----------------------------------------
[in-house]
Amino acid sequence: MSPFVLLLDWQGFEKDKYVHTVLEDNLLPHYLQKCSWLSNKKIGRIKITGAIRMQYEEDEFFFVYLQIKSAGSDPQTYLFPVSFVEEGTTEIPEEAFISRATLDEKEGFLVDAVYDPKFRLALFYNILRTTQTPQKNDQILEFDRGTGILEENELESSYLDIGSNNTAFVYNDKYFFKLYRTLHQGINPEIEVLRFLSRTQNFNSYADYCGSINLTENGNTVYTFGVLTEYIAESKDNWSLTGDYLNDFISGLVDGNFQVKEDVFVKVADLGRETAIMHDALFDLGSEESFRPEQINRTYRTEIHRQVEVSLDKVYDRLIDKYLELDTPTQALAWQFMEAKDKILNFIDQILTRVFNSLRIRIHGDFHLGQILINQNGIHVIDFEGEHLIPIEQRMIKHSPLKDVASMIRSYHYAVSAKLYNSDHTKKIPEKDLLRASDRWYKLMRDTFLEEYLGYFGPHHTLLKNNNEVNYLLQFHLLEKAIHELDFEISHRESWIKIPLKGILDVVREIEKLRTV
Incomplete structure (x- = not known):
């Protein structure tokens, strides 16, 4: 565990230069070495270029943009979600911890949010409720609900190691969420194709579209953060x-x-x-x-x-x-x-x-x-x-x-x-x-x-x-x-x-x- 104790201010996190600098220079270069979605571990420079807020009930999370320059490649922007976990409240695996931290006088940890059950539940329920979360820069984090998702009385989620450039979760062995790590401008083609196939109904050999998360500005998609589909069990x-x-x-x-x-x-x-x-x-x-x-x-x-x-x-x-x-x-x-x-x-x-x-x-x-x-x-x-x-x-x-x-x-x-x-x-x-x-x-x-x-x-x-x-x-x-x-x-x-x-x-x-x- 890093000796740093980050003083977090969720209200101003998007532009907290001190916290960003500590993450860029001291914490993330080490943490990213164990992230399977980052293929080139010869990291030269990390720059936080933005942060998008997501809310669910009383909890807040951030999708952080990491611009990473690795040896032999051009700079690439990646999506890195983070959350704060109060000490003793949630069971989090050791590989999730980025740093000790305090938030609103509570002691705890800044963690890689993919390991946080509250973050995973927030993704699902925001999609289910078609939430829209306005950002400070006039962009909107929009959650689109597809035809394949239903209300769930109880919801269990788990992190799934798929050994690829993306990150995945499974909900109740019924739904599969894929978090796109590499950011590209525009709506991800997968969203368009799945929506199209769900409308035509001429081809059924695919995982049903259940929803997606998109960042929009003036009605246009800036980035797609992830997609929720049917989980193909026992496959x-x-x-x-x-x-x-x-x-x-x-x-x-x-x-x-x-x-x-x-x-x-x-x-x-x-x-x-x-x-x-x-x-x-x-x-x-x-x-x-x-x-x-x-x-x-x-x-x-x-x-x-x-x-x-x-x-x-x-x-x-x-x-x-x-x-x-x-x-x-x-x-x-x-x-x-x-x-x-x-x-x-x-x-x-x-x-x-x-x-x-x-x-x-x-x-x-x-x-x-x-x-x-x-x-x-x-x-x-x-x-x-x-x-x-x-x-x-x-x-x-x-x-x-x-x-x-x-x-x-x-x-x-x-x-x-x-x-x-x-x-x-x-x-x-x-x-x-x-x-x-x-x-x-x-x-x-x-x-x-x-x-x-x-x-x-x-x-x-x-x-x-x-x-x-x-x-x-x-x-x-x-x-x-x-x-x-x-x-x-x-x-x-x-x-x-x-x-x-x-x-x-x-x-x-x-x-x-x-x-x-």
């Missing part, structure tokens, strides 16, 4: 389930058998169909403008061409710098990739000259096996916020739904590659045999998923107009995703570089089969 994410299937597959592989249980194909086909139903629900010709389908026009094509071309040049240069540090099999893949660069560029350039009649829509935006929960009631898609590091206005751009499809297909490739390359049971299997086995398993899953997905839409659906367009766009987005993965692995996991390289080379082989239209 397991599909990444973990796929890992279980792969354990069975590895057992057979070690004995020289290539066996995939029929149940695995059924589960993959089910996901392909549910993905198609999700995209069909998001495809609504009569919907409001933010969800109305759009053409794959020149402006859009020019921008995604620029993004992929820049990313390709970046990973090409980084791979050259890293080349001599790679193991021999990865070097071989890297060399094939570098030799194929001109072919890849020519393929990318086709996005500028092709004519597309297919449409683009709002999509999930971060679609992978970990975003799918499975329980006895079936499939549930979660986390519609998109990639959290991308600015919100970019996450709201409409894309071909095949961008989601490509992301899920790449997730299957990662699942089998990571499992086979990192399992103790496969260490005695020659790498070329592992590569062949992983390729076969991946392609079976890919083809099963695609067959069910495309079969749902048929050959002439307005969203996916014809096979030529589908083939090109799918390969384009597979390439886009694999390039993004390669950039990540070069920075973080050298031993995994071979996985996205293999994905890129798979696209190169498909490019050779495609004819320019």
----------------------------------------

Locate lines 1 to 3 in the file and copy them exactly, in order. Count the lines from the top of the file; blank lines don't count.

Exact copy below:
[in-house]
Amino acid sequence: MSPFVLLLDWQGFEKDKYVHTVLEDNLLPHYLQKCSWLSNKKIGRIKITGAIRMQYEEDEFFFVYLQIKSAGSDPQTYLFPVSFVEEGTTEIPEEAFISRATLDEKEGFLVDAVYDPKFRLALFYNILRTTQTPQKNDQILEFDRGTGILEENELESSYLDIGSNNTAFVYNDKYFFKLYRTLHQGINPEIEVLRFLSRTQNFNSYADYCGSINLTENGNTVYTFGVLTEYIAESKDNWSLTGDYLNDFISGLVDGNFQVKEDVFVKVADLGRETAIMHDALFDLGSEESFRPEQINRTYRTEIHRQVEVSLDKVYDRLIDKYLELDTPTQALAWQFMEAKDKILNFIDQILTRVFNSLRIRIHGDFHLGQILINQNGIHVIDFEGEHLIPIEQRMIKHSPLKDVASMIRSYHYAVSAKLYNSDHTKKIPEKDLLRASDRWYKLMRDTFLEEYLGYFGPHHTLLKNNNEVNYLLQFHLLEKAIHELDFEISHRESWIKIPLKGILDVVREIEKLRTV
Incomplete structure (x- = not known):